Saturday, August 22, 2015

I reject the notion that there was ONE reason the M14 was superceded, but this makes interesting reading.

The United States Army Ordnance Department procurement system has always been its own (and the troops they are supposed to serve) worst enemy: Berlin Crisis, 1961: The Beginning of The End of The M14


Pericles said...

Meh - the US troops don't have the M1956 field gear either, that had also been in production for over four years as well. In the Eisenhower years, the Army was not a priority, as the military policy was massive retaliation with nukes, not to roll around in the mud like in Korea. The article was a focus on one detail to the exclusion of the larger view.

The first four years of M1 production was not spectacular either, especially the need to solve the 7th round stoppage problem, and certainly after September 1939, one should be able to predict that M1s were going to be needed in mass quantity. It looks like some 300,000 Garands were produced in the first four years, and the pre September 1939 production, (two years) was 14,623. Even at wartime production rates of over 100,000 per month, only infantry troops in rifle companies got Garands, everybody else got 1903s, or 03A3s. The Marines never got Garands to all of their infantrymen.

There has never been a standard Army infantry weapon that could be produced in sufficient numbers to meet the needs of a major war (one might say the 1816 used in the Mexican War was an exception, but the 1842 should have been the standard arm, but had not yet been issued).

If I went on about how this is more typical rather than exception, I would write a book.

Dutchman6 said...

Yeah, I noticed the World War II webbing also. There is also no mention of McNamara's psychology, "Move over old man, the whiz kids are here and we'll show you how to procure a rifle," which led to the M16.

Anonymous said...

When studied in a vacuum, Luger's P08 is one of the finest pistols ever introduced. But it was expensive to produce, doesn't like dirt, doesn't like to run dry, and it's very finicky about the ammo it's fed. It was withdrawn and replaced by the P38 which didn't have those faults at least to the same extent.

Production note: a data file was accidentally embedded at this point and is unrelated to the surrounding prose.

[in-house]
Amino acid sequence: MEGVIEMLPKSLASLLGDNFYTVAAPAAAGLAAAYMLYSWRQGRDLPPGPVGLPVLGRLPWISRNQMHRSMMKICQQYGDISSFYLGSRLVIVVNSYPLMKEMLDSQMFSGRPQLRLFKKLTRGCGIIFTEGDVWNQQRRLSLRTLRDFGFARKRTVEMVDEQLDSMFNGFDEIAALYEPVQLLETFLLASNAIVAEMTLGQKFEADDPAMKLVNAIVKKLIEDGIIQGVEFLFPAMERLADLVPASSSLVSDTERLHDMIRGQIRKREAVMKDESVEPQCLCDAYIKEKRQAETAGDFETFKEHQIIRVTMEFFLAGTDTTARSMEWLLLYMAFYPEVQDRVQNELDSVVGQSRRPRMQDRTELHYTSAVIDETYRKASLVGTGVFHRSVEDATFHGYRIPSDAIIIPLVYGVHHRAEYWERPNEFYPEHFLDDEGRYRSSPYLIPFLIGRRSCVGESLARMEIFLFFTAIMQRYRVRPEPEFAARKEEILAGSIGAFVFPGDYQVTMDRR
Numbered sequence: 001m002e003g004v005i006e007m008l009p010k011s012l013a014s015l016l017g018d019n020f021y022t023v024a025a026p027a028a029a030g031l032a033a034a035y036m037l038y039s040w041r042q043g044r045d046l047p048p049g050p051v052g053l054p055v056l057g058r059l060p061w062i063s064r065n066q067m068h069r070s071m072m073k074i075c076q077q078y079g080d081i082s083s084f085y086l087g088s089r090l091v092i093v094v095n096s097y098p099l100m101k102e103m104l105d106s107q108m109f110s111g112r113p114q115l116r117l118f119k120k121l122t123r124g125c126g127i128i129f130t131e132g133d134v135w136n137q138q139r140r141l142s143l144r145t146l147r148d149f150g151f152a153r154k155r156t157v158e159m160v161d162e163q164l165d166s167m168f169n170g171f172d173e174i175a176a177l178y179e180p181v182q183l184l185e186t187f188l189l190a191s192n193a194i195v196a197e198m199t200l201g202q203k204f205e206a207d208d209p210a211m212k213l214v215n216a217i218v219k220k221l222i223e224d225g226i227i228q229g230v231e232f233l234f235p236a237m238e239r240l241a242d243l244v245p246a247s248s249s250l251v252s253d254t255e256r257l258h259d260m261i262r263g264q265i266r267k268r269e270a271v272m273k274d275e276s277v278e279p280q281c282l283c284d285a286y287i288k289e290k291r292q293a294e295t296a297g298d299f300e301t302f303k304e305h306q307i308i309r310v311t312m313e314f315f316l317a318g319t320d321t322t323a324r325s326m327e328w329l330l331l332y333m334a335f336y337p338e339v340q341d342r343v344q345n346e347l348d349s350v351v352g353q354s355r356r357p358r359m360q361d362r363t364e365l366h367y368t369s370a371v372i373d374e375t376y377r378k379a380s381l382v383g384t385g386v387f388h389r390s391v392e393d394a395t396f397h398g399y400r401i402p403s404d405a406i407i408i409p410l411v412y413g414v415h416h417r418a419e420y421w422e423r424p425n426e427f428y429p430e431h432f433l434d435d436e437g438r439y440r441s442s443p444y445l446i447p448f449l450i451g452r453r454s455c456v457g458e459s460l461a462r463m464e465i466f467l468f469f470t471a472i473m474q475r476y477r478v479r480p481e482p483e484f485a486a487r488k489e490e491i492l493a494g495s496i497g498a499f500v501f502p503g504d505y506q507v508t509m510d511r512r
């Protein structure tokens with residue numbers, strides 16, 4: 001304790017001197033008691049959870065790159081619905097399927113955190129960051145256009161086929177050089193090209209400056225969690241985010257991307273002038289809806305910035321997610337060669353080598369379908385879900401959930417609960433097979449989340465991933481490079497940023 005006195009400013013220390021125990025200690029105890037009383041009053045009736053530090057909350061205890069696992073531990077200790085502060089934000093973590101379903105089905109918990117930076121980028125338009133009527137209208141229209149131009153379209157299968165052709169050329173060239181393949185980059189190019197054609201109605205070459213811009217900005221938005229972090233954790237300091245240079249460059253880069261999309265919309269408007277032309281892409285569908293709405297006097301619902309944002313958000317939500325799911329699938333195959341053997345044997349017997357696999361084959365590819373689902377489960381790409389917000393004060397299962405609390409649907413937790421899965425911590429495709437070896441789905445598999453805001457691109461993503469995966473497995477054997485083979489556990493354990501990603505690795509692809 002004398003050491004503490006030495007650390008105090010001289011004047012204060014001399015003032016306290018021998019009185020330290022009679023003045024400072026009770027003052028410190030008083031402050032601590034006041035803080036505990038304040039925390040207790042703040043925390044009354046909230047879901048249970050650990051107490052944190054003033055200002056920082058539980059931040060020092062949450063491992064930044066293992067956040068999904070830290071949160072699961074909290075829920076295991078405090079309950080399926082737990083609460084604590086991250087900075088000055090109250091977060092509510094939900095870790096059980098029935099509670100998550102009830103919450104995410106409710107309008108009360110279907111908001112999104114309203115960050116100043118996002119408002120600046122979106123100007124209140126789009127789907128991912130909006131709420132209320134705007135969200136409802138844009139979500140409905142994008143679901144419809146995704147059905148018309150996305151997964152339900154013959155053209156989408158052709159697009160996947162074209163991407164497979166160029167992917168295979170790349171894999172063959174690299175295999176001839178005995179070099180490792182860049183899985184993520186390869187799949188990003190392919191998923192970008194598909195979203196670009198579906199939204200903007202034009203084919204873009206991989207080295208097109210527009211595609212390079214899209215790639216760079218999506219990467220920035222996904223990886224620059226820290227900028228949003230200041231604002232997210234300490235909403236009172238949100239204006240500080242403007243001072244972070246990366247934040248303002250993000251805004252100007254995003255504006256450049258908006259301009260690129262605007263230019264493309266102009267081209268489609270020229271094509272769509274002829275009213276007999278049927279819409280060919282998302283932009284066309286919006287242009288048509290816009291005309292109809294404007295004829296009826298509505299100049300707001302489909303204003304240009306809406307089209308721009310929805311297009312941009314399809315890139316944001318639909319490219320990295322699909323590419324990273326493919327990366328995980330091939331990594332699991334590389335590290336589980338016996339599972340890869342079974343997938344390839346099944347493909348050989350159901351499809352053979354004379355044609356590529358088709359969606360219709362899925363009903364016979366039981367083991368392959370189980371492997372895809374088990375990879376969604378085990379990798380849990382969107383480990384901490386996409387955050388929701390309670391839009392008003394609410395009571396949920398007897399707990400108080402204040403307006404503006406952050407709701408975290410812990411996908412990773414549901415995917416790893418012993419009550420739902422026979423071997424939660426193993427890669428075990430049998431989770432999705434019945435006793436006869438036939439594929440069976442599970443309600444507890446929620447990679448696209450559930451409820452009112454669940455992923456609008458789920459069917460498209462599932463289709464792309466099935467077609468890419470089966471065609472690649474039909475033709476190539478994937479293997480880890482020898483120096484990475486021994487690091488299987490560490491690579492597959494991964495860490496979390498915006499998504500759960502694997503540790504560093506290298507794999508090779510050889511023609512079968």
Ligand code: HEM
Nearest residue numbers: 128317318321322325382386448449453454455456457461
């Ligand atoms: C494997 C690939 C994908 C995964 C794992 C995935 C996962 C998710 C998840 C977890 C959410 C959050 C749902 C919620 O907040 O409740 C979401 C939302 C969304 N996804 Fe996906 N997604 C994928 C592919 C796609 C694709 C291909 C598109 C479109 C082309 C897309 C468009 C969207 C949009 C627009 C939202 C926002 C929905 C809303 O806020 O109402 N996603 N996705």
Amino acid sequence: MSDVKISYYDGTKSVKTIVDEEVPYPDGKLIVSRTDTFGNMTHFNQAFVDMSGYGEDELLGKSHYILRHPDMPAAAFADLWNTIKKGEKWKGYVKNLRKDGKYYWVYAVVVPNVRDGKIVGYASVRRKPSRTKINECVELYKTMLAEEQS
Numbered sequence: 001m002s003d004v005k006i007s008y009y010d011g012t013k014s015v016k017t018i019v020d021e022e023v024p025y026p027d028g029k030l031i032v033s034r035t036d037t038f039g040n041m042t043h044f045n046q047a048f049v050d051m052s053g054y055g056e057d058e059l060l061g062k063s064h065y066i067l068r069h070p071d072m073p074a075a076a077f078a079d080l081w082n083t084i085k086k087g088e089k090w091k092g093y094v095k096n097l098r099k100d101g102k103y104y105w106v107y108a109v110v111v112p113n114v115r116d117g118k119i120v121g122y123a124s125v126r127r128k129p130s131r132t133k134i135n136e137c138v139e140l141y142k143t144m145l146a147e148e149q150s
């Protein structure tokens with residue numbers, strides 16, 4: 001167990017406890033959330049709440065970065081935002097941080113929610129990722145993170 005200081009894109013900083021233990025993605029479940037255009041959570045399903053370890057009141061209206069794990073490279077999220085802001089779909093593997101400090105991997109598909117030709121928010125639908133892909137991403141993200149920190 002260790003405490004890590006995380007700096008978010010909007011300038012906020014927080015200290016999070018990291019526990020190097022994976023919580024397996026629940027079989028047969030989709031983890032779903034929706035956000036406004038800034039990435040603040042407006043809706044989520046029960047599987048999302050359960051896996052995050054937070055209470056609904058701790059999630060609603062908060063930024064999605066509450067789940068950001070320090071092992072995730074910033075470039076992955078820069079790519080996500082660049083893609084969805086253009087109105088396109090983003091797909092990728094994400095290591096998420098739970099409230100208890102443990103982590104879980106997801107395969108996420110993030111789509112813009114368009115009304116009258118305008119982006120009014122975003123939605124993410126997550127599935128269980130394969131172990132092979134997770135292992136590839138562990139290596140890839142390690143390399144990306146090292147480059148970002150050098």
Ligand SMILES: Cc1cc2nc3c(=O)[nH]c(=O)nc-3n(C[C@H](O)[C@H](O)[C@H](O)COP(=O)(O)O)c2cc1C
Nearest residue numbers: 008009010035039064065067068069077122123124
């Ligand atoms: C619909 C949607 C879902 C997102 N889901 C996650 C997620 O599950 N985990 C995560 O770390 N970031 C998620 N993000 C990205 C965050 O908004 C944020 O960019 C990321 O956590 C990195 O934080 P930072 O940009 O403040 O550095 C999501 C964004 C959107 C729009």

The M14 tried to be a little bit of something to everyone and didn't really do well at replacing some of the weapon systems that it was supposedly replacing. Those problems probably could have been worked out if the attention and money had been there and not squandered. If they had had some ham they could have had some ham and eggs if they had had some eggs. Just look at the way some but not all of the AR15/M16/M4 problems have been sorted out. Our problem was that there was no proven replacement waiting in the wings when the M14 was withdrawn.

Unknown said...

As SM Barry told me a long time ago. If it's between the M16 and the AK, give me an AK. If it's between the AK, and the FAL, give me an FAL, and if it's between the FAL and the M14, give me an M14.

Ed said...

Two things:
1. Cost per rifle to produce and annual maintenance cost
2. Weight of rifle and ammunition load per soldier

Anonymous said...

The undestroyed stock of M-14's have a purpose as the upgraded best-ever DM semi-auto rifle.

If only DCM had been allowed to make them into M1A's instead of "de-mil" receiver cutting/part kits that we got.